VAT treatment of e-commerce under “omnichannel” policies in the European Union

Prepared by Davide Accorsi, Stefano Luigi Airaghi and Paola Bramato

With its recent ruling replies No. 51 and 58, published last Jan. 17, 2023, the Italian tax authorities returned to the issue of intra-EU distance sales and the One Stop Shop (so-called “OSS”) regime.

In its ruling reply No. 51, the Italian tax authorities examined the application of a fashion house that conducts distance sales to end consumers in the EU through an articulated, so-called “omnichannel” business model involving its own boutiques, electronic platforms and third-party companies and that trespassed the 10.000 euro threshold.

More specifically, the applicant puts forward three possible scenarios.

Scenario 1

In the first scenario, the end consumer purchases goods through an electronic platform or from the Italian boutique of the applicant. In both cases, the goods are sent from the Italian warehouse of the Italian company or from its Italian boutique to the customers’ home in Germany.

On this point, the Italian tax authorities confirm that not applying the deem supplier discipline (even if the sale is facilitated by an electronic interface, the supplier is a taxable person established in the EU) and since the condition of transporting the goods to another EU Member State by the supplier is met, the conditions for qualifying these transactions as intra-EU distance sales are met. Therefore, the related VAT obligations can be fulfilled through OSS upon exercising the option by registering with the relevant web portal in Italy.

The Italian tax authorities did not feel empowered to comment in the reverse hypothesis, i.e., in the case where the supplier is established in Germany and the final consumer in Italy, as this is something falling outside their competence.

In this regard, due to the obligation of EU Member States to ensure uniform transposition and application to EU provisions, it is reasonable that the same conclusion should be reached, i.e., that the German supplier can declare the mentioned sales through OSS in Germany.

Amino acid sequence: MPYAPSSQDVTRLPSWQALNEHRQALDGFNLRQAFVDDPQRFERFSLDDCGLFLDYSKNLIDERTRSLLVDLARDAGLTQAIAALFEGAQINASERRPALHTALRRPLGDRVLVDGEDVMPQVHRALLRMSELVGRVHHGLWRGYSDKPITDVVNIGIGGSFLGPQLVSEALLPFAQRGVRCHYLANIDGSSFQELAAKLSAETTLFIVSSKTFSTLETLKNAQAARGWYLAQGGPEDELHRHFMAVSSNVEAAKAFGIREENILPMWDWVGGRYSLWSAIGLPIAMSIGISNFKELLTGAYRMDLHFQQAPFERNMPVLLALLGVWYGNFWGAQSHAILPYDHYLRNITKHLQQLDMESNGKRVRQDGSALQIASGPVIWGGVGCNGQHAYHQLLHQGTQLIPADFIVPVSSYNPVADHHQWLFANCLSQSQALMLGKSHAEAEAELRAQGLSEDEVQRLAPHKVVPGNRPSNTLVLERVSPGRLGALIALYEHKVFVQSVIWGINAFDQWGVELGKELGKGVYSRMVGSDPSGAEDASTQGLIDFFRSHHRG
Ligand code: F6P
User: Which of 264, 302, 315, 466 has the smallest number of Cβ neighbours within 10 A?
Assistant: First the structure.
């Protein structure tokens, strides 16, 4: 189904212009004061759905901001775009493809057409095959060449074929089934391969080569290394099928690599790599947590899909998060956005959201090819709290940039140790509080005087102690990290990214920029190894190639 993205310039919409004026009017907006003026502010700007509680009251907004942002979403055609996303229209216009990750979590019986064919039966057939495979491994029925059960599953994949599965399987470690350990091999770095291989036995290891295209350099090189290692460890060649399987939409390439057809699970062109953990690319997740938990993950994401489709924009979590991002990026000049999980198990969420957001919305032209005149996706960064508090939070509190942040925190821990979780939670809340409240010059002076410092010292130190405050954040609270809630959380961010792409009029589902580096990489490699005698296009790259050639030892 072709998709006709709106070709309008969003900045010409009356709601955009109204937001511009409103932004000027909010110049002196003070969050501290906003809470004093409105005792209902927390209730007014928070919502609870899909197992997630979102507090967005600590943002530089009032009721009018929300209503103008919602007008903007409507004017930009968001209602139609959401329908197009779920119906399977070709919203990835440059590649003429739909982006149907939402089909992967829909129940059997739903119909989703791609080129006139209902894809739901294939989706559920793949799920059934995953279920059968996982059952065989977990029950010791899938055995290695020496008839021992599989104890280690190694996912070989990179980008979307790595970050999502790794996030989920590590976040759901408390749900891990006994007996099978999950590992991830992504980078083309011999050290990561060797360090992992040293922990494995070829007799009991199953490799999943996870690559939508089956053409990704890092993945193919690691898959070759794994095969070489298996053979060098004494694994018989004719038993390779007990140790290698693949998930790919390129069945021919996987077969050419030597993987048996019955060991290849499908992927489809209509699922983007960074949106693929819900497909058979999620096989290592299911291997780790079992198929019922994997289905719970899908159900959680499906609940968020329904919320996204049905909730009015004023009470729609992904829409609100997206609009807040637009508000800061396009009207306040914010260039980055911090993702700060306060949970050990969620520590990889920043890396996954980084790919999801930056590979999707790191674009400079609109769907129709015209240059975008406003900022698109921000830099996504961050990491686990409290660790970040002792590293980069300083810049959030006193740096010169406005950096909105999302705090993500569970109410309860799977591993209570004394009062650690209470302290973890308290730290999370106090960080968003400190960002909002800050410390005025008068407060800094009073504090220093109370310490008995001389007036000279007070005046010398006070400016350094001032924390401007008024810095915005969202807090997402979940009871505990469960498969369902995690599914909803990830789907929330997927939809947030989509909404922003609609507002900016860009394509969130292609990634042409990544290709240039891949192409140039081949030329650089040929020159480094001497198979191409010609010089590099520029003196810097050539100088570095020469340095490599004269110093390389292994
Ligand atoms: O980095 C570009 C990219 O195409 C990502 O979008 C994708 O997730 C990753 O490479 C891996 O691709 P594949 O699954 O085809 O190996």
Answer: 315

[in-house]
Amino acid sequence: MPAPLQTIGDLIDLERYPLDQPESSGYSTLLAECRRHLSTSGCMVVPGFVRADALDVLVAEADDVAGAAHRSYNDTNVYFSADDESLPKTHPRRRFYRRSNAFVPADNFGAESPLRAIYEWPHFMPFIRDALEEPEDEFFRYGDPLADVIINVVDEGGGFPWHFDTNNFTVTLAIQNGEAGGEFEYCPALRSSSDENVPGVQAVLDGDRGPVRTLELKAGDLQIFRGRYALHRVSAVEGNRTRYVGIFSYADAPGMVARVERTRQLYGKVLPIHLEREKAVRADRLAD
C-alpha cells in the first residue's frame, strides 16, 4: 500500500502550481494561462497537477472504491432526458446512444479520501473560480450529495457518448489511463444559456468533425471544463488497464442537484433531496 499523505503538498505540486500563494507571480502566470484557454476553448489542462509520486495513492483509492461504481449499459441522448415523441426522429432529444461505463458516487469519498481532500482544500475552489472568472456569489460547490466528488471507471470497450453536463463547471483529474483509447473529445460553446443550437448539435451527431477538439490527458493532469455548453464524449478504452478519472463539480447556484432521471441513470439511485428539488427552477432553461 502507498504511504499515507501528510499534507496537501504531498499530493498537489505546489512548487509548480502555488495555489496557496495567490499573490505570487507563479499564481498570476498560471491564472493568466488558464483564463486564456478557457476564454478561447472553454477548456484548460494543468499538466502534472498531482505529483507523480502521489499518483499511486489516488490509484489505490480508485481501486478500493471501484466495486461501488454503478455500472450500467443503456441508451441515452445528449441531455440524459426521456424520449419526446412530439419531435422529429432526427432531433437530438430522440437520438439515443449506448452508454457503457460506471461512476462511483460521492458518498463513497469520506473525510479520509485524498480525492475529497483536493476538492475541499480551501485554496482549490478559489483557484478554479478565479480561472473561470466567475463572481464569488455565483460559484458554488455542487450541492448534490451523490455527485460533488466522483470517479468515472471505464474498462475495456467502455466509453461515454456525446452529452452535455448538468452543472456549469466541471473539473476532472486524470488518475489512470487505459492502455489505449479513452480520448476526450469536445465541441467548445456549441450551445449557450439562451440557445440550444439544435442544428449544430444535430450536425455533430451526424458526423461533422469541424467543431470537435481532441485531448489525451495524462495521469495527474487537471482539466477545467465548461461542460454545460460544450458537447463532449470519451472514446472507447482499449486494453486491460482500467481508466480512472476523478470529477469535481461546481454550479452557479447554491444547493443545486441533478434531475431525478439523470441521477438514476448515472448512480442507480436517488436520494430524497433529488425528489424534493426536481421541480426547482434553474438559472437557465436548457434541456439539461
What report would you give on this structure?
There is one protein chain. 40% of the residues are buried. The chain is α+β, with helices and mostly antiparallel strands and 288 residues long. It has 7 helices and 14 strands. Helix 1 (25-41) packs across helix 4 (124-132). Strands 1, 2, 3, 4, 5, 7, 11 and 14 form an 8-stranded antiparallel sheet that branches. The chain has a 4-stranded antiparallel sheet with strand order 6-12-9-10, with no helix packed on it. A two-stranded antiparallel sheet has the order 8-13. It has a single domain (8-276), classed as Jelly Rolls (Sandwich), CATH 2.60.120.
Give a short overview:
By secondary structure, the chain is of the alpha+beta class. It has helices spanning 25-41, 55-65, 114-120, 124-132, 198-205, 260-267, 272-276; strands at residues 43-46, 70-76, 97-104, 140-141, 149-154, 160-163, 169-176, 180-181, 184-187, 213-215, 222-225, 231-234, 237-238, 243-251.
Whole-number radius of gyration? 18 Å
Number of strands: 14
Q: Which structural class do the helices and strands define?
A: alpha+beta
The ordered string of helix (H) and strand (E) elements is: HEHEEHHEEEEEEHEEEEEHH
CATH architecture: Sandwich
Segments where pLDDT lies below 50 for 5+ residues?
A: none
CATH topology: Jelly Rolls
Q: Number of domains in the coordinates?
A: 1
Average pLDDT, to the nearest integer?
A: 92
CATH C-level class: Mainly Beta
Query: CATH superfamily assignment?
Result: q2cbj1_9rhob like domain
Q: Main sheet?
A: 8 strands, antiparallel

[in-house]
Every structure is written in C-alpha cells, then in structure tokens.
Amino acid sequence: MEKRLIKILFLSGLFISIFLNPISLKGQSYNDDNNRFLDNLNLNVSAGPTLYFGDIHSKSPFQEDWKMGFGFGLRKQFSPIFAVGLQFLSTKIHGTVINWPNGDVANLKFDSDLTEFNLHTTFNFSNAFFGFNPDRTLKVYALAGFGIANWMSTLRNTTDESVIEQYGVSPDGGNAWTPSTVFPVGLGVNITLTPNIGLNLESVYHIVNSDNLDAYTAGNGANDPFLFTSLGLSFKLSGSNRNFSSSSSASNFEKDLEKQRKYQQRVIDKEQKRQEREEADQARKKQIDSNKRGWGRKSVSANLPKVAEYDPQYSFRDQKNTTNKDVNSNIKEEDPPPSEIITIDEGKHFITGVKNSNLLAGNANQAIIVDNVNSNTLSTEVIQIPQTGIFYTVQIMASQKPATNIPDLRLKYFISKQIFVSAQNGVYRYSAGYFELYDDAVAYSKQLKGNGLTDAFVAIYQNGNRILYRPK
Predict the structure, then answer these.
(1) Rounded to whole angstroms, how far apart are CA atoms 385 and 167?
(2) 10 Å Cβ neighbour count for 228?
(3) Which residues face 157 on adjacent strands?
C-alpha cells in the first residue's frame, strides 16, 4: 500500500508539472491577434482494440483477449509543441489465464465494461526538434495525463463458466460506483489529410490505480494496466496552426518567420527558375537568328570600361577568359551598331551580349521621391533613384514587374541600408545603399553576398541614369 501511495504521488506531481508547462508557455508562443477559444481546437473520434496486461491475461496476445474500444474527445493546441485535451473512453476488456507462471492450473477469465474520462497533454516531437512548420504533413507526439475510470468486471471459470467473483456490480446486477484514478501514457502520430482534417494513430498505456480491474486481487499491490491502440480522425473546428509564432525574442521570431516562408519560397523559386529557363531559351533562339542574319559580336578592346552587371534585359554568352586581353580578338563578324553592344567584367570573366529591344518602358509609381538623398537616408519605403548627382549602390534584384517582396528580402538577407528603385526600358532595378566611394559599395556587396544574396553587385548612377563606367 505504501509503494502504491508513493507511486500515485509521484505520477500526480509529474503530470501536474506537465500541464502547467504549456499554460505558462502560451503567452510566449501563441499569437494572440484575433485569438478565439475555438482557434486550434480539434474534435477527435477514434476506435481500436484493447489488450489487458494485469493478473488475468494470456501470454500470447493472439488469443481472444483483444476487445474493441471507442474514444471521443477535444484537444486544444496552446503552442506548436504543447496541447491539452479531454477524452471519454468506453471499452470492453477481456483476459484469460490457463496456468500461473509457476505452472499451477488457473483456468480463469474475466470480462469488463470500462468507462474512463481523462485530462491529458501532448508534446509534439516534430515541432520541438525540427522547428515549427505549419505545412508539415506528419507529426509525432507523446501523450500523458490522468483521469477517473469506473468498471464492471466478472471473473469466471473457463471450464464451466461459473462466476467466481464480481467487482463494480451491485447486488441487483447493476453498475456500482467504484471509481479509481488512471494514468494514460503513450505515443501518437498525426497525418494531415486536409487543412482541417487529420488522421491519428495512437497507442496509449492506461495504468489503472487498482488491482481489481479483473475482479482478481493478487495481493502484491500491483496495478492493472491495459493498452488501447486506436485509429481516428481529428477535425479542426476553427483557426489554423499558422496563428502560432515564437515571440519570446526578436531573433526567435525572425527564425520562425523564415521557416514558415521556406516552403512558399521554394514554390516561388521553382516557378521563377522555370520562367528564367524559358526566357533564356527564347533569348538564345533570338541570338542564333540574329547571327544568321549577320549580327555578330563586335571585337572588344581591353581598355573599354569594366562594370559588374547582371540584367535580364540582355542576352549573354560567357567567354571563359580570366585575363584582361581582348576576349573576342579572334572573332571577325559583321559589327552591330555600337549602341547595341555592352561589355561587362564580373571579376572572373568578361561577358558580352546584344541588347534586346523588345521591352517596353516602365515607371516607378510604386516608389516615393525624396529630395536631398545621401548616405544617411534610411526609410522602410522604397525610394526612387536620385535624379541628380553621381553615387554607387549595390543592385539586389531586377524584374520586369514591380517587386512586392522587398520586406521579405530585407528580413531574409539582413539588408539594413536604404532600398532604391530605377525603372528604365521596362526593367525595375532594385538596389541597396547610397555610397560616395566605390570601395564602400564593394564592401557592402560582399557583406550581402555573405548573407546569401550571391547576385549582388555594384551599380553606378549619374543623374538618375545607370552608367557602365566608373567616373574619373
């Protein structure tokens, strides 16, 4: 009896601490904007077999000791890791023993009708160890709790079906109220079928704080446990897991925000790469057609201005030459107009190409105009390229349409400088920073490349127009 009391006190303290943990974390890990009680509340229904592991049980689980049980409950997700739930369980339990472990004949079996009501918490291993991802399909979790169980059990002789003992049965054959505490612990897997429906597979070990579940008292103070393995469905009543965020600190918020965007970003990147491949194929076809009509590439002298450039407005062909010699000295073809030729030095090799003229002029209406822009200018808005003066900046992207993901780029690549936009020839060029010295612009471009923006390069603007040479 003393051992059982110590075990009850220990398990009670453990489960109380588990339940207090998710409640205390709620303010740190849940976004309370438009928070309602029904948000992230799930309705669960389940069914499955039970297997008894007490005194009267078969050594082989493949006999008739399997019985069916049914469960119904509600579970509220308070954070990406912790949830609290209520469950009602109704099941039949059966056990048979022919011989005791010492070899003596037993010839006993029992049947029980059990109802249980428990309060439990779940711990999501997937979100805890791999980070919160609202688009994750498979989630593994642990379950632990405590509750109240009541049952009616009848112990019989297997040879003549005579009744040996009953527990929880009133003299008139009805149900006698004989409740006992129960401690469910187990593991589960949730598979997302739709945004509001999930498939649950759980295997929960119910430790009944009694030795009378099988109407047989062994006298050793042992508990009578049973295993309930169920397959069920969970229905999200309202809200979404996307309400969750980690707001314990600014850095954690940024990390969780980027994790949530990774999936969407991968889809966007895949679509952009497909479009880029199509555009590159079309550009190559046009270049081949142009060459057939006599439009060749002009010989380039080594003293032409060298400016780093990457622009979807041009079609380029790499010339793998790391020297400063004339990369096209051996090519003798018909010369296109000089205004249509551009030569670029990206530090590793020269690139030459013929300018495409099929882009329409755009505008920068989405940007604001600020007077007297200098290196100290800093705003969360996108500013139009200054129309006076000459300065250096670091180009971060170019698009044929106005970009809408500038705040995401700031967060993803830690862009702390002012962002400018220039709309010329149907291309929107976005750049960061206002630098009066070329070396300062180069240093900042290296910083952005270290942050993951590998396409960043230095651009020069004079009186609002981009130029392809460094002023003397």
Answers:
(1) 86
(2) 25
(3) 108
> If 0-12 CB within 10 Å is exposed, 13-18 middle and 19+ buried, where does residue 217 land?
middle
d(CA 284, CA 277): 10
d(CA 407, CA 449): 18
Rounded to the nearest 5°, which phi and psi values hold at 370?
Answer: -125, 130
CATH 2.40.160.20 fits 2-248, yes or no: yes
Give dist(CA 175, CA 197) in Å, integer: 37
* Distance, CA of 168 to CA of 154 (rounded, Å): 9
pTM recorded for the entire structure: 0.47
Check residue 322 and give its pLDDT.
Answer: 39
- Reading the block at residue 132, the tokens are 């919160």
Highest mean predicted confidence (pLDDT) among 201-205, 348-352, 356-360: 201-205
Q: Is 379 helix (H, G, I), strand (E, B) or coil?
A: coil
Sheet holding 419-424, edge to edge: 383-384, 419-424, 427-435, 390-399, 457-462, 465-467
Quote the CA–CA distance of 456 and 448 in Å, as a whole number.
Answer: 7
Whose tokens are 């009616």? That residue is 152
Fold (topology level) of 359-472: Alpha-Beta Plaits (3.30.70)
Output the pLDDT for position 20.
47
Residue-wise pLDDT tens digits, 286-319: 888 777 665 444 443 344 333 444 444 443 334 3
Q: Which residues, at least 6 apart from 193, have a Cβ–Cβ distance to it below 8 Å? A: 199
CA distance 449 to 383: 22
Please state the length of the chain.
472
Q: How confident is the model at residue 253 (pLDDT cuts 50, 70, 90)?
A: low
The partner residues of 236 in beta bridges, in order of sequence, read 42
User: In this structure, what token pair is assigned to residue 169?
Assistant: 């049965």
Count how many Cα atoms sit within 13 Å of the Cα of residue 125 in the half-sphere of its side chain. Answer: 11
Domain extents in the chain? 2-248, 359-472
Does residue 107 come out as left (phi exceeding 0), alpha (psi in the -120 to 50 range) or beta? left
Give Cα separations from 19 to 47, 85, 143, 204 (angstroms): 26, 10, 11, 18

Scenario 2

In the second case, the French final customers purchase goods through an electronic platform. The goods are previously sold to the applicant by a German company in the same group and are shipped from a warehouse of the applicant located in Germany to end customers in France. The transportation is handled by a third-party shipping company on behalf of the applicant, having a VAT identification in Germany.

In this case, the Italian tax authorities confirmed that the circumstance that the goods are shipped to France from the applicant’s warehouse does not preclude the qualification of the transaction as an intra-EU distance sale and, therefore, the French VAT can also be paid through the special OSS regime with respect to such transactions in Italy.

The sale between the German company and the Applicant can only be qualified as a domestic sale in Germany since the goods are in German territory.

Scenario 3

In the last scenario, French final customers purchase goods through an electronic platform. Specifically, at the time the customers place the order online, the applicant purchases the goods from the German group company and simultaneously sells them to the French customers. The goods are shipped to customers in France from one of the stores or the German warehouse owned by the German company with transportation by the Italian applicant. The applicant asks whether it can join the OSS scheme by registering with the portal in Italy to pay the VAT on the goods sold to French end customers and also asks how to qualify the “flash title” supply between the German company and the applicant for VAT purposes.

The Italian tax authorities, considering that in the scenario described, the applicant cannot benefit from the simplifications provided by the OSS special scheme, clarify that the transaction should be broken down into three separate transactions: